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A new theory suggests that Van Gogh may have shot himself in the fields just above the inn where he was lodging, not further away. The traditional view is that the artist pulled the trigger in a wheatfield behind the Château de Léry, which is nearly a kilometre away.
After the shot missed his heart, but left him severely wounded, he staggered back to his room in great pain. This was in the evening of 27 July 1890, in the village of Auvers-sur-Oise (outside Paris), and he died two days later from the injury.
Immediately after Van Gogh’s death there were reports that the shooting had taken place “behind the chateau”, but specialist Wouter van der Veen’s fresh hypothesis came when he asked a simple, but apposite (and previously unasked) question: which château was it?
What was traditionally thought to be the spot behind the Château de Léry was recorded in 1904 in a painting by Paul Gachet Jr, the son of Dr Paul Gachet, the friend who treated Van Gogh. On the reverse it is inscribed: “De l’endroit où Vincent s’est suicidé” (Of the place where Vincent committed suicide).
The site in the Gachet Jr painting has been identified by other experts because of the gateway in the ancient stone wall on the north of the château woods. This narrow lane is known as the Chemin des Berthelees. Where a farm once stood, there is now a carpark by a 1990s housing estate.
The picture was painted while his father was still alive, so it presumably reflects Dr Gachet’s knowledge. This location has long been accepted, since the doctor (along with Vincent’s brother Theo) would have been in the best position to have heard about the place from the wounded artist. There seems little reason for the Gachets to have invented the location.
To add to the evidence, a late 19th-century gun was discovered buried in the earth. The gun had been ploughed up in around 1960 by a farmer who owned this field and other land. This discovery was only publicised in 2019, when it was auctioned in Paris, fetching €162,500.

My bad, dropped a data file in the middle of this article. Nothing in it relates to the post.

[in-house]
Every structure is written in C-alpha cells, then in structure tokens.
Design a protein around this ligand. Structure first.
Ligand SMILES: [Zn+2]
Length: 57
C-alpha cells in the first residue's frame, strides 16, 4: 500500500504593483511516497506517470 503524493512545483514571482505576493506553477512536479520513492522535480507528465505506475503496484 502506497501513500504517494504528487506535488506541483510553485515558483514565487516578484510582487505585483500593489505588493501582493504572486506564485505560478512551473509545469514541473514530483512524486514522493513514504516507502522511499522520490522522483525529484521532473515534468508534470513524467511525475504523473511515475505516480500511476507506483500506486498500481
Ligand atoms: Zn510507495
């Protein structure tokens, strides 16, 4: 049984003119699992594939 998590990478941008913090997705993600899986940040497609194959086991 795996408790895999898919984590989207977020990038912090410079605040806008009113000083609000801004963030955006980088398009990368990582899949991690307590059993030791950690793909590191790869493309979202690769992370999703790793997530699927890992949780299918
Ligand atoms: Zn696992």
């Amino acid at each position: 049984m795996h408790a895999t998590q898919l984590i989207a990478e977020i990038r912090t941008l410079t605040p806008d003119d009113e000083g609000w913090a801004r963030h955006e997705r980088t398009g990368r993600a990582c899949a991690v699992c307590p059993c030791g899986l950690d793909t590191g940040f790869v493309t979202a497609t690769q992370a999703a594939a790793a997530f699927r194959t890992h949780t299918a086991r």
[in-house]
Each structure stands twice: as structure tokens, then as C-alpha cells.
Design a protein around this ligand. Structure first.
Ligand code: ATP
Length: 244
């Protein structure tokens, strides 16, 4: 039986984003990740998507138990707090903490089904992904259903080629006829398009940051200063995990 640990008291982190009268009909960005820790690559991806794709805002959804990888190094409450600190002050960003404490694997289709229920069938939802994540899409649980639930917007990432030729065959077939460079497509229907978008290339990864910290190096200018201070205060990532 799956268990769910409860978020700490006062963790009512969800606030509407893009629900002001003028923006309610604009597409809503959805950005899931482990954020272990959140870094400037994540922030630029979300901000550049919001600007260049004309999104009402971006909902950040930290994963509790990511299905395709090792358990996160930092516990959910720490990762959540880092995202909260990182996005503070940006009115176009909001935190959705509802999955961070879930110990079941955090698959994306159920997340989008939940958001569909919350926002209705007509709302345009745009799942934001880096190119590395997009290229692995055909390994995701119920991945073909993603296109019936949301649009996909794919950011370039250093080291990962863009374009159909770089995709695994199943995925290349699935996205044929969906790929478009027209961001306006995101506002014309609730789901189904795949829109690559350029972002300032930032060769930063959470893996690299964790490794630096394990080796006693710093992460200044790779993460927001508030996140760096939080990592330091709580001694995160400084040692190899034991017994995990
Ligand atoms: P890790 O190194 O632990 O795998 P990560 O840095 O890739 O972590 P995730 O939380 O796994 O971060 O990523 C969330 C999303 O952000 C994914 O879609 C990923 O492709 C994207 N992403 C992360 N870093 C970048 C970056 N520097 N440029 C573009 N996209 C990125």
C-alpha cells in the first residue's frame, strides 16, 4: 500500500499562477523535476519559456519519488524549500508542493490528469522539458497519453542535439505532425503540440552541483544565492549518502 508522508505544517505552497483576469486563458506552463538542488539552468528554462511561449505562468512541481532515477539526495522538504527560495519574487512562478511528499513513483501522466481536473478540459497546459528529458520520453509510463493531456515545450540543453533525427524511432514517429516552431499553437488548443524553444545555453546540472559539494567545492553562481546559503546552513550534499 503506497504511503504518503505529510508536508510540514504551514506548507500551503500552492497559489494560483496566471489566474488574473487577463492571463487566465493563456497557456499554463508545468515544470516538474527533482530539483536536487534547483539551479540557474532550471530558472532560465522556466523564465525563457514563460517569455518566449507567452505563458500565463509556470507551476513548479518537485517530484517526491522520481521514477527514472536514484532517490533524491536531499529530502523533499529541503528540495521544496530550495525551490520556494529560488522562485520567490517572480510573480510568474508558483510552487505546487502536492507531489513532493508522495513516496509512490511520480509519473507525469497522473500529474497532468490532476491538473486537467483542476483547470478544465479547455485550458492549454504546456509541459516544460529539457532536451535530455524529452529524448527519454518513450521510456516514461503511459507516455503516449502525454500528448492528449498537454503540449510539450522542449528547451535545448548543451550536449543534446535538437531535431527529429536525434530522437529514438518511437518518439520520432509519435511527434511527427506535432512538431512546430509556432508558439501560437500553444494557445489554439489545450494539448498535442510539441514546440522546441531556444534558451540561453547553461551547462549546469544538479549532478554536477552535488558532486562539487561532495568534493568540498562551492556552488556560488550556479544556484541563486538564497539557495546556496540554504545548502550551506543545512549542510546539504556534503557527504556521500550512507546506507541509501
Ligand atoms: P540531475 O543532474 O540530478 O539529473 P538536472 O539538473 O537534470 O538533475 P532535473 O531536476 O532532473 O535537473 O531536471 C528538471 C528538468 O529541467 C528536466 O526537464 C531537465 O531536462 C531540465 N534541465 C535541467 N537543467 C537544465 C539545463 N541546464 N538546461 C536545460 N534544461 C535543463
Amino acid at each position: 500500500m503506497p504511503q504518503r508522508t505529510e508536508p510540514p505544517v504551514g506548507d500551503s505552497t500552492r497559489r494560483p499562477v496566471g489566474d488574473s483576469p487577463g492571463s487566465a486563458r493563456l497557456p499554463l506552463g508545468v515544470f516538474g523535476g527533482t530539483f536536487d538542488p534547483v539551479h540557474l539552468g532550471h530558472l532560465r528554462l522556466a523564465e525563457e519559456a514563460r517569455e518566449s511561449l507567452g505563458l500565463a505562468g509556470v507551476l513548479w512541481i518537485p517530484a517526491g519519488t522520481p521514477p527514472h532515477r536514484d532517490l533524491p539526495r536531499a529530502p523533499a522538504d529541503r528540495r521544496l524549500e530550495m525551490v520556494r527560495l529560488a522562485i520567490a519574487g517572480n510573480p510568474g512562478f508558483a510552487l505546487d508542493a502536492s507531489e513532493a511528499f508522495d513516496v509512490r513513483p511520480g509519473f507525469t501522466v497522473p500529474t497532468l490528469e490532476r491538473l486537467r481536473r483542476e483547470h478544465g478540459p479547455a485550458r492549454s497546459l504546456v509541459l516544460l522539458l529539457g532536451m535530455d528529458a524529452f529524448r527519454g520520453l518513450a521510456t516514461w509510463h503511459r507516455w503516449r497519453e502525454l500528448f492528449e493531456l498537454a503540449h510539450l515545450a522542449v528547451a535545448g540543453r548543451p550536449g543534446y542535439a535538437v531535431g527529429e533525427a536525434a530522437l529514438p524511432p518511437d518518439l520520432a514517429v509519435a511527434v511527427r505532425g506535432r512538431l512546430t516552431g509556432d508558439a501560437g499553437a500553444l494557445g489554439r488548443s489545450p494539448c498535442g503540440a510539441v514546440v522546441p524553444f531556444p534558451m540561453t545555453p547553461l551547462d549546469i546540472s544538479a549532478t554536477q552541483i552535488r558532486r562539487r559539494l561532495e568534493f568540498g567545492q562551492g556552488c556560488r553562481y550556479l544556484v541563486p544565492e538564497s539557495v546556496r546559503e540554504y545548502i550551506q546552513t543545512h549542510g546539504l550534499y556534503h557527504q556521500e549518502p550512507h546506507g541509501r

The location depicted by Gachet Jr is consistent with what was written by fellow artist Emile Bernard, who attended Van Gogh’s funeral. Two days afterwards Bernard wrote that his friend had gone “behind the château”, near a wheatstack. This was also backed up by a local newspaper, Le Régional (7 August 1890), which reported that just before the shooting Van Gogh had set off “towards the château”.
The massive Château de Léry (which by chance is now a visitor attraction with an audio-visual presentation on Van Gogh) dominates the Oise valley and is usually simply called the “Château d’Auvers”.
The Léry chateau location may seem convincing, but Van der Veen has researched the question, using a range of sources, and is questioning accepted wisdom, putting forward what he describes as a new hypothesis. He asks: could it be another château?
He points out that in the late 19th century there was another building in Auvers which was also referred to as a “château” (castle or rural mansion house), although from the mid-20th century it was more normally called a “manoir” (manor). This more modest building is now known as the Manoir des Colombières (it currently houses the Musée Daubigny, a museum named after the artist Charles-François Daubigny).
Van der Veen cites an 1899 study by the local schoolmaster Samson Cazier and a 1901 book by the historian Henri Mataigne, which both refer to it as the “Château des Colombières”.
The Colombières mansion lies only one minute’s walk from Van Gogh’s inn and the wheatfields above it are only a further five minutes away. One can only speculate whether Van Gogh would have preferred to shoot himself fairly close to the inn or at some distance. However, if it was close by, then this does help to explain why he was more easily able to stagger back to his room.
But one of the problems with Van der Veen’s hypothesis is is that Van Gogh himself thought of the “château” as the Léry building, which he depicted in one of his most atmospheric Auvers landscapes. Writing to Theo, he described the twilight picture as “two completely dark pear trees against yellowing sky with wheatfields, and in the violet background le château encased in the dark greenery”.
The “château” issue remains unresolved. My initial feeling is that it is more likely that Van Gogh shot himself behind the Château de Léry, as traditionally assumed, but it is an interesting idea that it could have been in the wheatfields above the Manoir des Colombières. If this new hypothesis is correct, the suicide spot would have been close to where he painted Tree Roots (July 1890), his final painting. Van der Veen believes it likely that Van Gogh “went straight to the nearest wheatfield, crossing the roots he had just immortalised, to confront, one last time, the sun amid the harvest”.